This seemingly conclusive link between the internet and freedom mystifies underlying truths about technology and politics for its viewers in India. It borrows language rooted in a story from half way across the world and decades ago — the birth of the Silicon Valley, where the word “free” (with its libre definition) exemplifies the industry’s libertarian and counterculture origins.


In this essay, I will show that the Silicon Valley façade as a political liberation movement leading to a technologically-driven, egalitarian future runs hollow. An examination of the tangible implementation of digital technologies — most notably internet access — contradicts the apolitical narratives spun by the Valley. Despite the industry’s imagination, the spread of information is not a sure route to freedom nor a foolproof antidote to the world’s problems. But more importantly, the supposedly anti-government technology industry is beginning to create its own social order, an inherently political affair.

I will define politics as power dynamics and their accompanying activities. Helen Nissenbaum and Langdon Winner’s frameworks regarding technology’s embodiment of politics will be the lens to analyze a relevant case study — Facebook’s “Free Basics” program in India — a recent controversial approach to spread supposedly-free Internet access.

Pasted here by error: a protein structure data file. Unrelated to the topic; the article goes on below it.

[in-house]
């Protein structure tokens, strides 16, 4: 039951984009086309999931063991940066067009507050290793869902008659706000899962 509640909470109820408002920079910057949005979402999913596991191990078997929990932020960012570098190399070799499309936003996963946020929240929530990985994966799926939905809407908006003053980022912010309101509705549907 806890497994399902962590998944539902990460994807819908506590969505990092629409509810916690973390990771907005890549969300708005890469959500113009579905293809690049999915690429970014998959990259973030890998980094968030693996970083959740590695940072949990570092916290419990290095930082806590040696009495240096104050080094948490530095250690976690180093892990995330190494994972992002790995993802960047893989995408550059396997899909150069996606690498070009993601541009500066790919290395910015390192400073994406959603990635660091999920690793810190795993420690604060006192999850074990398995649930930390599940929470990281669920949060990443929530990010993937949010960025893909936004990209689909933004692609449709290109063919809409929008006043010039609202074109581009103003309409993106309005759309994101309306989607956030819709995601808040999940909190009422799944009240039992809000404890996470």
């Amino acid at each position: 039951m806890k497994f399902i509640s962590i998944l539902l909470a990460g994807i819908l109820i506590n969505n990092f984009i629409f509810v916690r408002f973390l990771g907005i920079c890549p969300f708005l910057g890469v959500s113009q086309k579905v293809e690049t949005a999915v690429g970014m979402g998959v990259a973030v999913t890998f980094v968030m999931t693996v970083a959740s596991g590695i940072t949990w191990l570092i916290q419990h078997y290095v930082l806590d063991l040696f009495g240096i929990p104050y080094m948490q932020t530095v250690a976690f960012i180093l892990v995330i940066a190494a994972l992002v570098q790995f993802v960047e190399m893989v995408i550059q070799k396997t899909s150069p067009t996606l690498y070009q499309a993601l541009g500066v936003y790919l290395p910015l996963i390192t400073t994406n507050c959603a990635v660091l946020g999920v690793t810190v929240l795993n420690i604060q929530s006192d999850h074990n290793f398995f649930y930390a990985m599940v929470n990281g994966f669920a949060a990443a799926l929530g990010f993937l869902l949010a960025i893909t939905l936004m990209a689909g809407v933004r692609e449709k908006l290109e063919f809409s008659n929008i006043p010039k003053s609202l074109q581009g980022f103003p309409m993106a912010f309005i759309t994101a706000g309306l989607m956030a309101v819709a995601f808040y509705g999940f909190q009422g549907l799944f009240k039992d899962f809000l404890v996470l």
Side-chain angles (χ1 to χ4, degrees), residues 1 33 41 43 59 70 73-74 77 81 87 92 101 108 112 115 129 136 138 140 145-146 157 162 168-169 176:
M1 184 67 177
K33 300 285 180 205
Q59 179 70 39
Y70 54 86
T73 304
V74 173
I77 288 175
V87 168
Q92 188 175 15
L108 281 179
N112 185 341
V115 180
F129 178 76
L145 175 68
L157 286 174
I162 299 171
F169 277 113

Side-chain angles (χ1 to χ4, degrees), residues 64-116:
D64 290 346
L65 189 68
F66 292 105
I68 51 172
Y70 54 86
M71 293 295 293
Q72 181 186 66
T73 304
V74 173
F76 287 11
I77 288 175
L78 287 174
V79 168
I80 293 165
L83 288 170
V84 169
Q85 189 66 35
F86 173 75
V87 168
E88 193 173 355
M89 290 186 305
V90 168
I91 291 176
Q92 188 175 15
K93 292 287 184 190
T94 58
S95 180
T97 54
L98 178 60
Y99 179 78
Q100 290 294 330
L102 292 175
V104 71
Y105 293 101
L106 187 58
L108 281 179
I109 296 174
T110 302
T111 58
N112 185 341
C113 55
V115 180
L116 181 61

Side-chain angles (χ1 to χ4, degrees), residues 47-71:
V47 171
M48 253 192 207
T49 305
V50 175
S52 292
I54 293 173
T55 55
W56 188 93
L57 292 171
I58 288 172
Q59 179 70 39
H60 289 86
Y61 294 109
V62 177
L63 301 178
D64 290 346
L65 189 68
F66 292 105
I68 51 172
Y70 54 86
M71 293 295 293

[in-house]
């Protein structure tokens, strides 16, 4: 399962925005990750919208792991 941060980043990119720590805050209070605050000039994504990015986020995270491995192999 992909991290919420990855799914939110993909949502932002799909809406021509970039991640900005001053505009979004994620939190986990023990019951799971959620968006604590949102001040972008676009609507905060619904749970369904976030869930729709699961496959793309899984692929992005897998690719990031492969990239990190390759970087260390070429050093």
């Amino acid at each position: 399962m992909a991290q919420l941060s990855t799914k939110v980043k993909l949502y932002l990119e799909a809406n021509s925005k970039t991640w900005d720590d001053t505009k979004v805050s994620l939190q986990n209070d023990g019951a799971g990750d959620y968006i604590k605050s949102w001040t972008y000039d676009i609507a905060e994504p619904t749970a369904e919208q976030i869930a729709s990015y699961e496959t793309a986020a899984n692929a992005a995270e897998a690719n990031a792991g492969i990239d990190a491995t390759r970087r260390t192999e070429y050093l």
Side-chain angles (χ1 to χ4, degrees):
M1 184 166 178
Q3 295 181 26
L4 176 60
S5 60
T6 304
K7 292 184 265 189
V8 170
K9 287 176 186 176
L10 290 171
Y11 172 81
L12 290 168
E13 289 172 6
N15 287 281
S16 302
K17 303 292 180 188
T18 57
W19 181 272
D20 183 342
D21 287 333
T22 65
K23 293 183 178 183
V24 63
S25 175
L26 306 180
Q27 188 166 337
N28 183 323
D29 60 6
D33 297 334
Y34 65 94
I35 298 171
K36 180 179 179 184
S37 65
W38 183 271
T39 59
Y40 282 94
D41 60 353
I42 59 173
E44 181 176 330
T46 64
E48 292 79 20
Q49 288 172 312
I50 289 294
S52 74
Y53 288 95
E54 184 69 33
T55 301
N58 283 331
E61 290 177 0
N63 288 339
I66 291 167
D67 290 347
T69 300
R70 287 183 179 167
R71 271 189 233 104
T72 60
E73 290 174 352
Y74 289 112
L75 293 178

This research article was published in the SOAS Postgraduate Research Journal here and here.

In response to: does digital technology offer continuity or change in news production?


In August 2016, an audience member asked Facebook CEO Mark Zuckerberg if he intended to be a news editor. Zuckerberg responded by saying that Facebook could not possibly be considered a media company. After all, it doesn’t produce any content.

Digital technology does offer a change as it has dethroned news production centers as the only locus of media control. In this essay, I will argue that a new gatekeeper in the sphere of media are the news distributors of today — technology companies, their algorithms, and their editorial practices. I will merge both literature about media (specifically gatekeeping theory) and literature about technology to expose how social network companies and their dissemination activities are powerful media actors in the construction of reality.